First, it doesn’t have, say, Jon Land’s sense of buildup. Too much is revealed too fast, and the residual baggage of the alternate history background burdens it even more. Second, the conclusion is an utter clunker. That is to say, it’s a simultaneously confusing and rushed mess of escalation that ends with a contrivance and ridiculously obvious setup for a sequel that understandably never came. Third, the only interesting character is Ingolfsson herself, and even she could be done a lot better.

Take away the fandom controversy and the legitimately distinct (however dubious) alternate history that made up the first three installments, and all you have is, as I’ve said before, tawdry fiction that, while not unreadable or unenjoyable, wouldn’t really stand out.

Review: The Awakening

The Awakening

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The tenth Survivalist book, The Awakening is when the series changes significantly. Having spent centuries in suspended animation to ride out a world-consuming fire wave underground, the Rourkes now emerge to take stock of the changes and aid the space-launched Eden Project as it prepares to return. John Rourke ages his children by selectively thawing and refreezing them so that they can be the same age as the adults when they wake up, and they emerge into a world where human life still exists.

This book, if I had to reedit/adapt the Survivalist series, probably wouldn’t even exist at all. I’d probably fold the recovery and the Eden Project return into an epilogue to Book 9 at worst and a few extra chapters at best, and then conclude the series there. But in actual history, the books were selling enough to continue and Ahern finally had the ability to make them more and more science fiction-y.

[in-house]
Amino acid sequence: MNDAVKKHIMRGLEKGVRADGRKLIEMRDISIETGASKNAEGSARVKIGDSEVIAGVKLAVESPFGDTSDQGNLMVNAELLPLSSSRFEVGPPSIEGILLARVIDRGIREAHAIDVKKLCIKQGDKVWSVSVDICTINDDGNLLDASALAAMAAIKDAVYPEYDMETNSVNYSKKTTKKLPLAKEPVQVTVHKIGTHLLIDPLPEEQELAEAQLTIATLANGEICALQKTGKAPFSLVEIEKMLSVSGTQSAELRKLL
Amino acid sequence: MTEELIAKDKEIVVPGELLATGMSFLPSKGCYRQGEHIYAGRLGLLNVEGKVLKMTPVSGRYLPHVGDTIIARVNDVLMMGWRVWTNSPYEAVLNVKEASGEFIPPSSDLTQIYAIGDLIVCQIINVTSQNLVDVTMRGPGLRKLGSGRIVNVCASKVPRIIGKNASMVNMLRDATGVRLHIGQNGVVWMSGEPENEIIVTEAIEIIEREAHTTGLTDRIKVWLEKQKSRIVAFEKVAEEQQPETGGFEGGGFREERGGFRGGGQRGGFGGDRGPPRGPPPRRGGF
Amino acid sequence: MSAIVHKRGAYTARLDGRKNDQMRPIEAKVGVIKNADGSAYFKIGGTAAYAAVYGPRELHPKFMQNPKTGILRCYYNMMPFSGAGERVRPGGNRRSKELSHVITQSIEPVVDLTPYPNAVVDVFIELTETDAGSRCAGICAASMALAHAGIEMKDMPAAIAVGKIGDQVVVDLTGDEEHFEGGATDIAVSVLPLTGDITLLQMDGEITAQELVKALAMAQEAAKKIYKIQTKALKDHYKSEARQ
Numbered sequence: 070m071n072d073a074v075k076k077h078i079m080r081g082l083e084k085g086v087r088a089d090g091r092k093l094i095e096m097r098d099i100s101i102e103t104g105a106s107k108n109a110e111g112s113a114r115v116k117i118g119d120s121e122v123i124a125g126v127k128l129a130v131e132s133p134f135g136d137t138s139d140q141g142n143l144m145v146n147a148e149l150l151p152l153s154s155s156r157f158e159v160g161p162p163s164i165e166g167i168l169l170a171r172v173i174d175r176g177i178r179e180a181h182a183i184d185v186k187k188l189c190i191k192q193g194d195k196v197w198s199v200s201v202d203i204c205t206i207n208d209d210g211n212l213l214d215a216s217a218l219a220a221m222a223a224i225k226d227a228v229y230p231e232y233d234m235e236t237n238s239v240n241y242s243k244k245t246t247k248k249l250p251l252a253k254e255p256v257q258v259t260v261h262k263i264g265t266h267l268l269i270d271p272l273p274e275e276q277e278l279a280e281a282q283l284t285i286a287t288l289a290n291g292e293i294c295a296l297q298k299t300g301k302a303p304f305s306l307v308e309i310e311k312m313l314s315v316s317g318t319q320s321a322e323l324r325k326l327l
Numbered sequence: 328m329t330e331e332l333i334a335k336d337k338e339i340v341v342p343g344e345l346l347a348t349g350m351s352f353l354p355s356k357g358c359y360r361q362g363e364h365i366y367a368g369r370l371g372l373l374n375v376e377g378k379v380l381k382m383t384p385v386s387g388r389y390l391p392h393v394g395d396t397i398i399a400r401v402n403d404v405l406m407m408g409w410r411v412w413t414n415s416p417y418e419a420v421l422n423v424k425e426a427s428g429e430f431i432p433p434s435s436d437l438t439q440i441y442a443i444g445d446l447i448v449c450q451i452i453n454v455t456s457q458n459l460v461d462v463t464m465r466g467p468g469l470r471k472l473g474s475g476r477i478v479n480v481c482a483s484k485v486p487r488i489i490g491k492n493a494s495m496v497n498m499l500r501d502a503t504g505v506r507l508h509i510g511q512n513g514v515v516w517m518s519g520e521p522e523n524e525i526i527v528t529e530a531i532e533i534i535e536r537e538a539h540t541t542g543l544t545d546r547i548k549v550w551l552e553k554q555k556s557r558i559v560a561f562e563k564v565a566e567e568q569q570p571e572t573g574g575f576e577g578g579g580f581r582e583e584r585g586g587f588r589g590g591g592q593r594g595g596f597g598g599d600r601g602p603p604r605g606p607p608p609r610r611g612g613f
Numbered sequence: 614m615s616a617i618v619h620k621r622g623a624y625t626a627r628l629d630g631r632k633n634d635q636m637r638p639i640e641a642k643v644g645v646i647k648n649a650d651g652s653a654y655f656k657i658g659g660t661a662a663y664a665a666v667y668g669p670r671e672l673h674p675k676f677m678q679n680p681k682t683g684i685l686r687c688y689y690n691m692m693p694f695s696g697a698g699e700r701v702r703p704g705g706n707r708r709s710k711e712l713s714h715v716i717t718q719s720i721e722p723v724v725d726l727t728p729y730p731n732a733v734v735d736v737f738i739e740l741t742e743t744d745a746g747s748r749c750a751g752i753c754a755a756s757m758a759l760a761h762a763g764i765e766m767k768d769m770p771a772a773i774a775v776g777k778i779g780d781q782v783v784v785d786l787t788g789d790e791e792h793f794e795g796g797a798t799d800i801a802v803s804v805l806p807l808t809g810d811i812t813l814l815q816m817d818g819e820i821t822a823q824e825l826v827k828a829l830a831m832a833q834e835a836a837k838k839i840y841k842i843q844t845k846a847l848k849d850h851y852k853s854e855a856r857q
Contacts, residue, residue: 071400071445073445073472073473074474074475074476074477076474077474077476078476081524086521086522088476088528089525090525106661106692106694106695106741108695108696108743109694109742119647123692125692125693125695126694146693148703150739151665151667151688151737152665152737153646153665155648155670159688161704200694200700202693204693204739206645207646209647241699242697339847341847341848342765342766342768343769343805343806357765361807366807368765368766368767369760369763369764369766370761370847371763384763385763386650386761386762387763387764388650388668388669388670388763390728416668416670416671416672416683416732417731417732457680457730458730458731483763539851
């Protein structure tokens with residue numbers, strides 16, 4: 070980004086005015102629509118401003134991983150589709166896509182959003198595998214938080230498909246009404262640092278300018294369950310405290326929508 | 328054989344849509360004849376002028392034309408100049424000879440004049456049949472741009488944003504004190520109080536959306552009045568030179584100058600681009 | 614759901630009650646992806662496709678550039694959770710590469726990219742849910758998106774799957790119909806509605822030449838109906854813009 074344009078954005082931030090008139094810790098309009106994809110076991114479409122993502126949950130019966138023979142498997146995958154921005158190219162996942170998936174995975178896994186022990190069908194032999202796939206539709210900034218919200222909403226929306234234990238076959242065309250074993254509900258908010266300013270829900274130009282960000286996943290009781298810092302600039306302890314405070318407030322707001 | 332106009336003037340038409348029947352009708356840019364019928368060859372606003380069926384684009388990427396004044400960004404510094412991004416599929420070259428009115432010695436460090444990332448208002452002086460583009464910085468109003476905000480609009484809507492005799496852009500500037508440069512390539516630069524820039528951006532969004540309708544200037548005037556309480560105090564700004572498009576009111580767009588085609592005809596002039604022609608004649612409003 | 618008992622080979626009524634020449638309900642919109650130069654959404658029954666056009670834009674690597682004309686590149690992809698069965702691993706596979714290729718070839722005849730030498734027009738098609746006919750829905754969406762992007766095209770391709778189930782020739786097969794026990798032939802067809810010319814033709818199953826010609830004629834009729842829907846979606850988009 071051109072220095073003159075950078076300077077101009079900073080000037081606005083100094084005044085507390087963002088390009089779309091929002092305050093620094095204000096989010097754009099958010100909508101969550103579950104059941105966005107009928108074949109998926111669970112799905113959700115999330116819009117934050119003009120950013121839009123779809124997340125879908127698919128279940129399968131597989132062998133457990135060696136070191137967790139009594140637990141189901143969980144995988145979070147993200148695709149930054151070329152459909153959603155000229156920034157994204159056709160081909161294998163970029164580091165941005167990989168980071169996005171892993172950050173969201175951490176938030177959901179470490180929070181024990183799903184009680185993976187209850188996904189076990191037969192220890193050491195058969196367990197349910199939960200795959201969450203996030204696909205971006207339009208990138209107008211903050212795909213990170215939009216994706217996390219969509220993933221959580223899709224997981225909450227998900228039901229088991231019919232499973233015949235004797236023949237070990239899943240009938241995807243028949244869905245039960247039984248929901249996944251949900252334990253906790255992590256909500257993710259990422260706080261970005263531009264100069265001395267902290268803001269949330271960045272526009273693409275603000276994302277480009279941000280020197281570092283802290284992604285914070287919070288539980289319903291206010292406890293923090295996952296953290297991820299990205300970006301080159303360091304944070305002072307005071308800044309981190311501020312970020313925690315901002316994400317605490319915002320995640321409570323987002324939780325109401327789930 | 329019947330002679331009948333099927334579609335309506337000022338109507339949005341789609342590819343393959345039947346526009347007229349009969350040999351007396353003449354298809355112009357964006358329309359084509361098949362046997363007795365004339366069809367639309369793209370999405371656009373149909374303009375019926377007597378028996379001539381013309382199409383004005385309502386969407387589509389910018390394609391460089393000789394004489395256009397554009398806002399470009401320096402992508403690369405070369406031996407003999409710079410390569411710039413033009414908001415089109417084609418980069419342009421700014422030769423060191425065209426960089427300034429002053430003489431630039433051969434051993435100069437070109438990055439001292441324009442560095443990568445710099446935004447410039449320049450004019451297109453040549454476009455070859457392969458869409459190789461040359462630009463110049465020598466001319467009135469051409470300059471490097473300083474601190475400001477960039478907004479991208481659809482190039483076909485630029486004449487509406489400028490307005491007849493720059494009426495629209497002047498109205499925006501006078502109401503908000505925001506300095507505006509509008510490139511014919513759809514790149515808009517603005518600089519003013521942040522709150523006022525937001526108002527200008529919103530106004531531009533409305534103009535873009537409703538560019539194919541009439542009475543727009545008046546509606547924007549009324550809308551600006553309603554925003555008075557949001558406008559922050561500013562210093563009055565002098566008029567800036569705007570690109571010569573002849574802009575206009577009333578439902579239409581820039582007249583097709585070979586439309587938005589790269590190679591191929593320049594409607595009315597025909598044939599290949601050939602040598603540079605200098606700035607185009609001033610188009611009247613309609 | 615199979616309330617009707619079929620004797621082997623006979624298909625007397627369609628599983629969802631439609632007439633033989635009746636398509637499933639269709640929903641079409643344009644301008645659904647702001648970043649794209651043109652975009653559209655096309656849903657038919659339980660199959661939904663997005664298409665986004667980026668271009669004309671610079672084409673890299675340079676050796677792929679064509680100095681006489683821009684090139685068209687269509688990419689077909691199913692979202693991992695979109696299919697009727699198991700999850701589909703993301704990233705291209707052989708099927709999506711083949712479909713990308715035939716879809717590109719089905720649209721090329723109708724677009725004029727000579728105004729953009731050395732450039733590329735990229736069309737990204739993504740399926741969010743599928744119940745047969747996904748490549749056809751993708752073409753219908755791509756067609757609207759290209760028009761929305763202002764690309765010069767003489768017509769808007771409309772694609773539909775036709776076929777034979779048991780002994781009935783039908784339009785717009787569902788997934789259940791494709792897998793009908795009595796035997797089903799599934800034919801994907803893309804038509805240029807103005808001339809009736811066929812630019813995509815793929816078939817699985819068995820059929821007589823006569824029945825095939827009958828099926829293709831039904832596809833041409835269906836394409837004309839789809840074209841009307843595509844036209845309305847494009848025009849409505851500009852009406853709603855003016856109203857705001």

While the Survivalist series was never a “hard” setting to begin with (after all, the nuclear war caused multiple states to tumble into the ocean), here begins an even more contrived setup. There was an underground shelter. And another underground shelter. And another underground city. And an underwater city! It’s very much like a Bethesda Fallout game where there’s a lot of conveniently working stuff laying around centuries after the war, and it becomes a more obvious author’s toy with each new book after this.

(Later there will be a second timeskip that will obliterate the last traces of any post-apocalyptic residue in the setting, but that’s another story)

The actual book itself is more satisfactory Jerry Ahern action, but this is still the time when the series jumped the shark.

 

A Thousand Words: They Saved Hitler’s Brain

They Saved Hitler’s Brain

This movie is probably best remembered for its title-the originally shipped one the “The Madmen of Mandorus” is not nearly as clear or memorable. In that movie, the Nazis, facing defeat, cut off Hitler’s head while keeping it alive, fly it out of the country, and keep it safe in the fictional Mandorus until they can launch their evil plot to take over the world with poison gas.

Besides the title, there are two more things that make this movie stand out. The first is, of course, the novelty of Hitler’s head in what looks like a glass cake container. The second is what turned it from “The Madmen of Mandorus” to its most famous name.

The movie needed to be lengthened for TV, so an additional, completely unrelated opening act was filmed with UCLA film students. Since pop culture and film technology had changed so much in the few years, it stands out dramatically. All that amounts to in terms of actual plot  is a bunch of people with bad post-Sgt. Pepper Beatles mustaches getting in and out of cars before they all die. Then the actual movie starts, and, barring the Hitler Head, is a conventionally bad B-movie. It’s very stupid all around, but it’s the kind of distinctive “fun-stupid” that’s enjoyably bad.